It was annoying that the box which was thus attracting the undivided attention of masculine New York should be that in which his betrothed was seated between her mother and aunt; and for a moment he could not identify the lady in the Empire dress, nor imagine why her presence created such excitement among the initiated. Then light dawned on him, and with it came a momentary rush of indignation. No, indeed; no one would have thought the Mingotts would have tried it on!
But they had; they undoubtedly had; for the low- toned comments behind him left no doubt in Archer's mind that the young woman was May Welland's cousin, the cousin always referred to in the family as "poor Ellen Olenska." Archer knew that she had suddenly arrived from Europe a day or two previously; he had even heard from Miss Welland (not disapprovingly) that she had been to see poor Ellen, who was staying with old Mrs. Mingott. Archer entirely approved of family solidarity, and one of the qualities he most admired in the Mingotts was their resolute championship of the few black sheep that their blameless stock had produced. There was nothing mean or ungenerous in the young man's heart, and he was glad that his future wife should not be restrained by false prudery from being kind (in private) to her unhappy cousin; but to receive Countess Olenska in the family circle was a different thing from producing her in public, at the Opera of all places, and in the very box with the young girl whose engagement to him, Newland Archer, was to be announced within a few weeks. No, he felt as old Sillerton Jackson felt; he did not think the Mingotts would have tried it on!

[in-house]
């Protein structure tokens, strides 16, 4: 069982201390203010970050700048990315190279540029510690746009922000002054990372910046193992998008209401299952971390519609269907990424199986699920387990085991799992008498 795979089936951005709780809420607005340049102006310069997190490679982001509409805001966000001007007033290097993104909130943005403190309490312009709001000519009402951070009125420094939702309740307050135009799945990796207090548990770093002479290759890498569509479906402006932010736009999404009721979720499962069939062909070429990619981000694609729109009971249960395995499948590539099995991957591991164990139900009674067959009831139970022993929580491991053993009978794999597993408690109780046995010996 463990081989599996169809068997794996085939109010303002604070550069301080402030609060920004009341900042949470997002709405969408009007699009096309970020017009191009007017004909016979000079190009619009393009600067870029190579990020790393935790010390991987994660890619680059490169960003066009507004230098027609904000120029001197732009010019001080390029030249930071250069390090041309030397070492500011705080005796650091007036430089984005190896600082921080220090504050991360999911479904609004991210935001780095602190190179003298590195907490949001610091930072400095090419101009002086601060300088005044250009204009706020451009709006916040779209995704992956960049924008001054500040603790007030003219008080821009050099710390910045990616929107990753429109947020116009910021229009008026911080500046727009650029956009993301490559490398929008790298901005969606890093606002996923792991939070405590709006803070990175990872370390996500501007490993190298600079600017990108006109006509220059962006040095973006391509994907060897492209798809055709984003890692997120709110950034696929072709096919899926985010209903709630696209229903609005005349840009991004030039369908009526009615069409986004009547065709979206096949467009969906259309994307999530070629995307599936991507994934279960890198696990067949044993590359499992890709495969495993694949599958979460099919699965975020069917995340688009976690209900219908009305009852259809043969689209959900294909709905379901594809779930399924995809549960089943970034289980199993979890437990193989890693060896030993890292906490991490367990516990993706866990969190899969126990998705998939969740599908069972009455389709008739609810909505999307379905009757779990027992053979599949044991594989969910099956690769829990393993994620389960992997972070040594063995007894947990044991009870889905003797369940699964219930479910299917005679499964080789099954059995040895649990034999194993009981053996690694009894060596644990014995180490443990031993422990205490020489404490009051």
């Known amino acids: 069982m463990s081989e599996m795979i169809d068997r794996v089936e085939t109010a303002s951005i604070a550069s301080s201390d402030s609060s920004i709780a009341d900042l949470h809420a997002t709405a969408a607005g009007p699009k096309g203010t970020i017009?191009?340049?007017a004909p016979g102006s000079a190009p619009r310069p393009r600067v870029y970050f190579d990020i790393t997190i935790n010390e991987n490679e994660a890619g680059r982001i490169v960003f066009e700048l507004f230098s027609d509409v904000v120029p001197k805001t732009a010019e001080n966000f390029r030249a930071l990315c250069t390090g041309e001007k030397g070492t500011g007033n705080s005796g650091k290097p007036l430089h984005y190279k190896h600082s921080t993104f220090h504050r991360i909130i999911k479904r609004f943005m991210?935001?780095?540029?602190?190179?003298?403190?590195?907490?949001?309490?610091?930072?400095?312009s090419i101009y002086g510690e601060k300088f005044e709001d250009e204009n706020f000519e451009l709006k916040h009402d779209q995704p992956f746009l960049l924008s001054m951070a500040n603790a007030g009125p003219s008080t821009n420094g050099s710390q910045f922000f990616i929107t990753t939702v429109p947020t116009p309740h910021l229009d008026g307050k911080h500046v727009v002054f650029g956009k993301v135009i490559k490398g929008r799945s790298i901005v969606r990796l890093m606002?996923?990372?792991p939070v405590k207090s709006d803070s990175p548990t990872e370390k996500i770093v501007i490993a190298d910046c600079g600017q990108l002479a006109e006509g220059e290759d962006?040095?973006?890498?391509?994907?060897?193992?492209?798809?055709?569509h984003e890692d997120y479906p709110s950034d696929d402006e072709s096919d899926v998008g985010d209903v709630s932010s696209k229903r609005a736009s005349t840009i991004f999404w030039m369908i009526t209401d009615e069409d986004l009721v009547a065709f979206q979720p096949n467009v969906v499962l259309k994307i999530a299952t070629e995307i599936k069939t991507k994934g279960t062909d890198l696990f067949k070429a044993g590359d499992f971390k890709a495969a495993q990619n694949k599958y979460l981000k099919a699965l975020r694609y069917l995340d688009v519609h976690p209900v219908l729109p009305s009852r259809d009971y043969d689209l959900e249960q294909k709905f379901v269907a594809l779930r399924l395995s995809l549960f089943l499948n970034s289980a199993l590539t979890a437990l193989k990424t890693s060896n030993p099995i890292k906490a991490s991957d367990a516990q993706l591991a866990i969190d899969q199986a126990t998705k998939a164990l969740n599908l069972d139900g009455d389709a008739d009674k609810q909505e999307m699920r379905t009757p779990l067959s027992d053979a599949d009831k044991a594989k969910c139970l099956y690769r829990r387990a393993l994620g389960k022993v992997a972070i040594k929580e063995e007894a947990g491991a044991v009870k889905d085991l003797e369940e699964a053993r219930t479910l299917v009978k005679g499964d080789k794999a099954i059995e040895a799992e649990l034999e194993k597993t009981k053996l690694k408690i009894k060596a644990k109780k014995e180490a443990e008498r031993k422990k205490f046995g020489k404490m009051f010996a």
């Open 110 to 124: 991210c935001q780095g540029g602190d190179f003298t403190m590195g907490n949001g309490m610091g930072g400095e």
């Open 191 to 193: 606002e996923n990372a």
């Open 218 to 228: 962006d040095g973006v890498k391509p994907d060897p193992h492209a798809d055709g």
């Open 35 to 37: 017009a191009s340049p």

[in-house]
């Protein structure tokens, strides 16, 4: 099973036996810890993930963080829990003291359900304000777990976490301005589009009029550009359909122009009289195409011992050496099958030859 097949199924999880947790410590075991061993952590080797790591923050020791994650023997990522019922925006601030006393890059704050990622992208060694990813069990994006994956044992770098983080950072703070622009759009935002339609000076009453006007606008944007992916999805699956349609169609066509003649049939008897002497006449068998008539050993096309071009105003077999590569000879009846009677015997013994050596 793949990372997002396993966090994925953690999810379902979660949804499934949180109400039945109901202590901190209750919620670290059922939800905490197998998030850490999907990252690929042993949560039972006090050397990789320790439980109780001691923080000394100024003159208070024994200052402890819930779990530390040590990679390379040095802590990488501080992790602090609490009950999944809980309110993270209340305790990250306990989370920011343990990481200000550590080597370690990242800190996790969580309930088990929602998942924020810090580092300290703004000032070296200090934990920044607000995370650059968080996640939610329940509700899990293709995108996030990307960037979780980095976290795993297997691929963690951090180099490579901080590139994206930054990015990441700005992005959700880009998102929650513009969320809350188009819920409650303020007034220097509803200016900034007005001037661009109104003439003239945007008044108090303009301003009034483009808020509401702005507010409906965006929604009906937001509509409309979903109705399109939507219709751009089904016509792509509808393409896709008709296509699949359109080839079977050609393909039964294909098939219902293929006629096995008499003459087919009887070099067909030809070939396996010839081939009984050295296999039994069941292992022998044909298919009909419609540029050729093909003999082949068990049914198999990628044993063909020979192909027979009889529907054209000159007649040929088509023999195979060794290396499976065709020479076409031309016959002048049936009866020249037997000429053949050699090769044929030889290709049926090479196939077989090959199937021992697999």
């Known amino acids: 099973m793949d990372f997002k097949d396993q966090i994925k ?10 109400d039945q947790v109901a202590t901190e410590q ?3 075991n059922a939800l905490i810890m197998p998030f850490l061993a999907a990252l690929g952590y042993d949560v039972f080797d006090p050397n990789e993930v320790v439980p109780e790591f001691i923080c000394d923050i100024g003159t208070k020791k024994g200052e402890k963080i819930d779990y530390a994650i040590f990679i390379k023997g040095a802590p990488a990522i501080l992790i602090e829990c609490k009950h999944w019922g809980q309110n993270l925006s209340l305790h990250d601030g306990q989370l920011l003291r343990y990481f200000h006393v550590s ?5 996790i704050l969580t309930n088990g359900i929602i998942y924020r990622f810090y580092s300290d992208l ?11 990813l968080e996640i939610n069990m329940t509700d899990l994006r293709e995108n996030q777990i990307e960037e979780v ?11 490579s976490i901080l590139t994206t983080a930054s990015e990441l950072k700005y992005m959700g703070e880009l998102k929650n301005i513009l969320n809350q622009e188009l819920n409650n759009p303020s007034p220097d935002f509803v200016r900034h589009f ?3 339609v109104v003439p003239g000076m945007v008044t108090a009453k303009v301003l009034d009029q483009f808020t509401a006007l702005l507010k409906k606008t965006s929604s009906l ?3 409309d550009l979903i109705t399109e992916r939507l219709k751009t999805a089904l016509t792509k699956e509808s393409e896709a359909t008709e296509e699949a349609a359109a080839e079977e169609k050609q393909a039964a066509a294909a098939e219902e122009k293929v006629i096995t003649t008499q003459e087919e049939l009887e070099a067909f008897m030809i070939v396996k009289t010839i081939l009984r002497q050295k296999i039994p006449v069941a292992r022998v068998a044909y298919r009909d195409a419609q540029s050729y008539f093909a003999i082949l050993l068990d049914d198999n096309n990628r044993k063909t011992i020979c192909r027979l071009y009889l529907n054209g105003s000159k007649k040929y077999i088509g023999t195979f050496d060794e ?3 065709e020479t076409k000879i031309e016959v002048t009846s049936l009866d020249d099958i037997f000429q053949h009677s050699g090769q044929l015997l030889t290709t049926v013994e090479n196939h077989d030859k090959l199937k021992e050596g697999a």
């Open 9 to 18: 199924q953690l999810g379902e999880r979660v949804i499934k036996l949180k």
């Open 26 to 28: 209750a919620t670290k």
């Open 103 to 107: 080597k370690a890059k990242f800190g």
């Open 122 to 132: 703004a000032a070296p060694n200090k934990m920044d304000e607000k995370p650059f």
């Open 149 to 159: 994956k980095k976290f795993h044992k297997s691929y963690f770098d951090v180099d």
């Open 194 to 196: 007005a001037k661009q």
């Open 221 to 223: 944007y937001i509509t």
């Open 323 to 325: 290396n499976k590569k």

He knew, of course, that whatever man dared (within Fifth Avenue's limits) that old Mrs. Manson Mingott, the Matriarch of the line, would dare. He had always admired the high and mighty old lady, who, in spite of having been only Catherine Spicer of Staten Island, with a father mysteriously discredited, and neither money nor position enough to make people forget it, had allied herself with the head of the wealthy Mingott line, married two of her daughters to "foreigners" (an Italian marquis and an English banker), and put the crowning touch to her audacities by building a large house of pale cream-coloured stone (when brown sandstone seemed as much the only wear as a frock-coat in the afternoon) in an inaccessible wilderness near the Central Park.